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Tsunami sweeps train off track, kills at least 802

TELWATTA, Sri Lanka – More than 800 people were killed when their train, the “Queen of the Sea,” was swept off the track by this week’s raging tsunami, police said, and several hundred bodies pulled from the twisted wreckage were buried Tuesday alongside the railway line.

The train was carrying 1,000 residents of Colombo to a southern beach resort when it came to a stop just before its destination as waters began to rise Sunday. Residents of nearby towns ran onto the train, trying to seek protection on its roof when the wall of water hit, police said.

The eight rust-colored train cars lay disconnected and overturned in deep pools of water yards away from the track amid debris and fallen palm trees Tuesday. The force of the waves had torn off some of the wheels, and the tracks twisted like a loop on a roller coaster.

One thousand tickets were sold in Colombo for the train, and rescuers recovered 802 bodies from the train’s cars and the muck beneath them, said military spokesman Brig. Daya Ratnayake.

No relatives claimed 204 of those bodies, so they were buried in a mass grave Tuesday, with Buddhist monks performing traditional funeral rites. They chanted and poured water on the grave to symbolize the giving of merits of the living to the dead.

Venerable Baddegama Samitha, a Buddhist monk and former parliamentarian who presided over the ritual, said he realized some of the dead were of other faiths – the region has a significant Muslim population – and a moment’s silence was held to honor them.

“This was the only thing we could do,” he said. “It was a desperate solution. The bodies were rotting. We gave them a decent burial.”

The destruction across Sri Lanka’s coasts from Sunday’s disaster was so heavy that authorities were not immediately aware of the train’s loss, said Sasanka Jayasekara, a lawyer and member of the local government.

The train – named “Samudradevi,” meaning “Queen of the Sea” – had left Colombo at 7:30 a.m. and was traveling 70 miles southeast to Galle along the coastal rail line, which runs about 200 yards from the shore. It was near the village of Telwatta, about 15 miles from Galle, when the water began to rise.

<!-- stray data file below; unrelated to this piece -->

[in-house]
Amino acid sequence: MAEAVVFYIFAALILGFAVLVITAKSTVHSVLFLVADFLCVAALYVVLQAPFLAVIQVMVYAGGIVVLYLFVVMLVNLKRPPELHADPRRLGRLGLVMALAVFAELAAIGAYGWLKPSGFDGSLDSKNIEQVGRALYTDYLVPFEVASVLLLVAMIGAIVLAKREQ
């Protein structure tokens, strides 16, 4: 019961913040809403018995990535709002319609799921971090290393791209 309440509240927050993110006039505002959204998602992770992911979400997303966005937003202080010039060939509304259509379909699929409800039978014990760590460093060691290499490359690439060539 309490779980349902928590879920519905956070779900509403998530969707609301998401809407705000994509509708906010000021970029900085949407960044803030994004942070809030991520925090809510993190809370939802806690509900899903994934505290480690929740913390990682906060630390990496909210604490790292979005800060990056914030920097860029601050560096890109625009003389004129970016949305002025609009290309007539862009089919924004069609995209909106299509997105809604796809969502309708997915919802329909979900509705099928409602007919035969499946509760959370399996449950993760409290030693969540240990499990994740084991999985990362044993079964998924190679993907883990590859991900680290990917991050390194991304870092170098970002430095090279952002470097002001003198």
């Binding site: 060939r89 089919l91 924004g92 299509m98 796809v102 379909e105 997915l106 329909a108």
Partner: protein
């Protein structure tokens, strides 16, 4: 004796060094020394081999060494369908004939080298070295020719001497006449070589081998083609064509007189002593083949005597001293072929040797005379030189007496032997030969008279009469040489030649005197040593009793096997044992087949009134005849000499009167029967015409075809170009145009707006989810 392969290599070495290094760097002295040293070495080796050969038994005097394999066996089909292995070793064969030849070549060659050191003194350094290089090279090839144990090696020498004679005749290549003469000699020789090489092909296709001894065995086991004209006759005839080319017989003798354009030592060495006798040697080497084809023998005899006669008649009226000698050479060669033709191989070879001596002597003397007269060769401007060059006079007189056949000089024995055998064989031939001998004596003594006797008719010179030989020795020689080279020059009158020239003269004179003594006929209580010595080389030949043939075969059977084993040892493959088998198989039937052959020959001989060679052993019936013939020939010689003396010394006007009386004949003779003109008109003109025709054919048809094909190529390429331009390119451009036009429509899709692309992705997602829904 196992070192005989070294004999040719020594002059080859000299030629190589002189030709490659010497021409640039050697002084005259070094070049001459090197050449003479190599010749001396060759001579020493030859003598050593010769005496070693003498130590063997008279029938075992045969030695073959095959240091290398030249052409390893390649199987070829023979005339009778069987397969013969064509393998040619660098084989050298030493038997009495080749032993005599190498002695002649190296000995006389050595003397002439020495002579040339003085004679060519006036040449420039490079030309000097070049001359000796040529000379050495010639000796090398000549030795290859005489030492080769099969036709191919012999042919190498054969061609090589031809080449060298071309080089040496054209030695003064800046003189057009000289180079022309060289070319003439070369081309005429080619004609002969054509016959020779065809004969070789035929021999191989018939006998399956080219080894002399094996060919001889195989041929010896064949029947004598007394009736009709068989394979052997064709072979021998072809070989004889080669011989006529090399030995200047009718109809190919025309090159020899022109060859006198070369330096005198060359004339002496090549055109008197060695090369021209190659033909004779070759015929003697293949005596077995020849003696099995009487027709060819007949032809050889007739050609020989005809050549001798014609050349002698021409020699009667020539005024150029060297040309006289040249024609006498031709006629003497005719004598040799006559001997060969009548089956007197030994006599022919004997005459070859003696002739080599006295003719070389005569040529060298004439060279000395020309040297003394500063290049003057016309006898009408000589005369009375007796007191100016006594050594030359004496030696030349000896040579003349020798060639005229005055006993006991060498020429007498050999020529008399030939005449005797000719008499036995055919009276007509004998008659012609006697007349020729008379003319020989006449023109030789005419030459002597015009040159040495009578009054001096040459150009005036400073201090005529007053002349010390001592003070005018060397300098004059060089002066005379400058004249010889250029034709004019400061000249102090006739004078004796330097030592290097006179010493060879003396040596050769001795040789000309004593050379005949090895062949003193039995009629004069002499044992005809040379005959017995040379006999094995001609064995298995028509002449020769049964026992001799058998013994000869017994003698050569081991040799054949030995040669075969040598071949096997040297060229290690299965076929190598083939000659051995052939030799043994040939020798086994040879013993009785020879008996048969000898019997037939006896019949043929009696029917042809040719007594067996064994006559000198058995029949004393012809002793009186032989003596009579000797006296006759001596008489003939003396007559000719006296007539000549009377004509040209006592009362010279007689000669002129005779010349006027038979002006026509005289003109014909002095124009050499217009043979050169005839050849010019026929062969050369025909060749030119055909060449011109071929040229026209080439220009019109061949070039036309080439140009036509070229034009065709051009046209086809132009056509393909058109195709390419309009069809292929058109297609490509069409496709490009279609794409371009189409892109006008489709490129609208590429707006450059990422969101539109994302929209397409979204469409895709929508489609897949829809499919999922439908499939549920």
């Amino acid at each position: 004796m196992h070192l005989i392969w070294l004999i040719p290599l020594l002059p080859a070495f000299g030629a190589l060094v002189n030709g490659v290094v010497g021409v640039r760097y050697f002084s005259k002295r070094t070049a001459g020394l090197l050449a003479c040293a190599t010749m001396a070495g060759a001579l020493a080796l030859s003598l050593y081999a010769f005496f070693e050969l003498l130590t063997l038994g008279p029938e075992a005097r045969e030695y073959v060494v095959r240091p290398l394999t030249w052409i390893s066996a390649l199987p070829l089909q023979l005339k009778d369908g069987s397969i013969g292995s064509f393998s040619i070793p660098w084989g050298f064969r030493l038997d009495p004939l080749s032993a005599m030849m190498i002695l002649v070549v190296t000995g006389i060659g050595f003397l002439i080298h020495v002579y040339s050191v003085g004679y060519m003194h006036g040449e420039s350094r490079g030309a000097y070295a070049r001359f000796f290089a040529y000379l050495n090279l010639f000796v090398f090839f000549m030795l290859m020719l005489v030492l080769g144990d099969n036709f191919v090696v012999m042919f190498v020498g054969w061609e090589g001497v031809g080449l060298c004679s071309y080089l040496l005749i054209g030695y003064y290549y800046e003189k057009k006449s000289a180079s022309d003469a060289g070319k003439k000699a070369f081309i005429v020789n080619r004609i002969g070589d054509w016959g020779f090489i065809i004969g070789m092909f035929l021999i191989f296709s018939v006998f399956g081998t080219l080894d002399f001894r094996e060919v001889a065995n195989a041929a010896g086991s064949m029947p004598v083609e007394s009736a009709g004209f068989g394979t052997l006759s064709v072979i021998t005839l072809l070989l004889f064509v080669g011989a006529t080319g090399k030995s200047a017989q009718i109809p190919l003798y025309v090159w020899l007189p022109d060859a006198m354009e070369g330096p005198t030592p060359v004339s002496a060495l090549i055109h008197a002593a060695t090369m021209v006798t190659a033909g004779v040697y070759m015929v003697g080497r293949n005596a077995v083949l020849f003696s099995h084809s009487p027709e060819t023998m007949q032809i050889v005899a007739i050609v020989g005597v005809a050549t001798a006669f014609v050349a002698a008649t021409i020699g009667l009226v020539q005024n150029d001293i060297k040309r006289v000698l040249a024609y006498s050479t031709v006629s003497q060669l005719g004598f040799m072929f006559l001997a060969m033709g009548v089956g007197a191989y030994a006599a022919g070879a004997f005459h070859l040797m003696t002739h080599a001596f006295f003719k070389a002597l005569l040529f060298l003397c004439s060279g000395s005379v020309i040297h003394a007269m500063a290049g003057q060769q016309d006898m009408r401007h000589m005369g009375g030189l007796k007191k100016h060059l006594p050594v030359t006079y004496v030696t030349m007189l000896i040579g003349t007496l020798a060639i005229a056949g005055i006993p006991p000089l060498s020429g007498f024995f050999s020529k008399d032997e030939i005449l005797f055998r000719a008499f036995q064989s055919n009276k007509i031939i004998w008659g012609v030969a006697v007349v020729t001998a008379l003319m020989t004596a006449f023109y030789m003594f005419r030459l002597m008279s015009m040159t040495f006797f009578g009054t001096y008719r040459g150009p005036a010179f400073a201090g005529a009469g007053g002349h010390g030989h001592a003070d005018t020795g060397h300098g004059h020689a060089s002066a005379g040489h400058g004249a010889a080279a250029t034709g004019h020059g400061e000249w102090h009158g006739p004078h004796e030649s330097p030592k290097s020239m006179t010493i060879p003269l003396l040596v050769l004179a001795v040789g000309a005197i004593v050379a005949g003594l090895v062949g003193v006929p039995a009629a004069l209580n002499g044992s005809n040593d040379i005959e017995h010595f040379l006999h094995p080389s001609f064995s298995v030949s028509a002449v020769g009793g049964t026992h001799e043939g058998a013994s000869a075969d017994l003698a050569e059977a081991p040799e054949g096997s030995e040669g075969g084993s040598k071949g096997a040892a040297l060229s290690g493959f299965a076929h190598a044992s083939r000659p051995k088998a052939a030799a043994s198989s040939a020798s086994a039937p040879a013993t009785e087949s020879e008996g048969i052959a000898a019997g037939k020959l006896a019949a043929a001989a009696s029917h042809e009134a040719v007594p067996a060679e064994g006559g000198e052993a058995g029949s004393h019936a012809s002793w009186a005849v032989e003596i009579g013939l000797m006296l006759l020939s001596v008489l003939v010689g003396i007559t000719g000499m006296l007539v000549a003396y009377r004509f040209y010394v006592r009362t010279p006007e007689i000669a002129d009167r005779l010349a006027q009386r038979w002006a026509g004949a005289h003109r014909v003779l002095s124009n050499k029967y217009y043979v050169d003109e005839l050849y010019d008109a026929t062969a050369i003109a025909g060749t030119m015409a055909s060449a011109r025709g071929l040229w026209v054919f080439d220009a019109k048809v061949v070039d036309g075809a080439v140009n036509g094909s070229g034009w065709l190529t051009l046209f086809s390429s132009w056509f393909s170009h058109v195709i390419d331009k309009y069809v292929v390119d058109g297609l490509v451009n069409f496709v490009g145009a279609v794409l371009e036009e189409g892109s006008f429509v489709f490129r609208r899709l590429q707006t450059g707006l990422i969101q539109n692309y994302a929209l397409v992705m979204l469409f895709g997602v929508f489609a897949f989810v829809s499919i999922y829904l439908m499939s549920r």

“The people in the village ran toward the train and climbed on top of it,” said Police Superintendent B.P.B. Ayupala. “Then the water level went down” – the effect of the approaching tsunami sucking in the coastal waters before its strikes – “and 10 minutes later, it came back” in the giant wave, he said.

The train’s driver survived, though police under his authority had not spoken to him.

Ayupala said authorities took fingerprints of the unclaimed dead so that they could be identified later if possible.

At a nearby police station, officers laid out identification and credit cards, drivers’ licenses and bank books found at the train site. The people in the cards included an electricity board secretary, an assistant lecturer at a state research institute of social development and a student from the University of Jaffna, in the north of the island nations.

“Police told us to come and have a look at this collection of ID cards,” said Premasiri Jayasinghe, one of many searching for relatives believed to have been on the train.

At the train site, a young man wept in the arms of friends as the body of his girlfriend was buried. The distraught man spoke out to his lost sweetheart.

“We met in university. Is this the fate that we hoped for?” he sobbed. “My darling, you were the only hope for me.”


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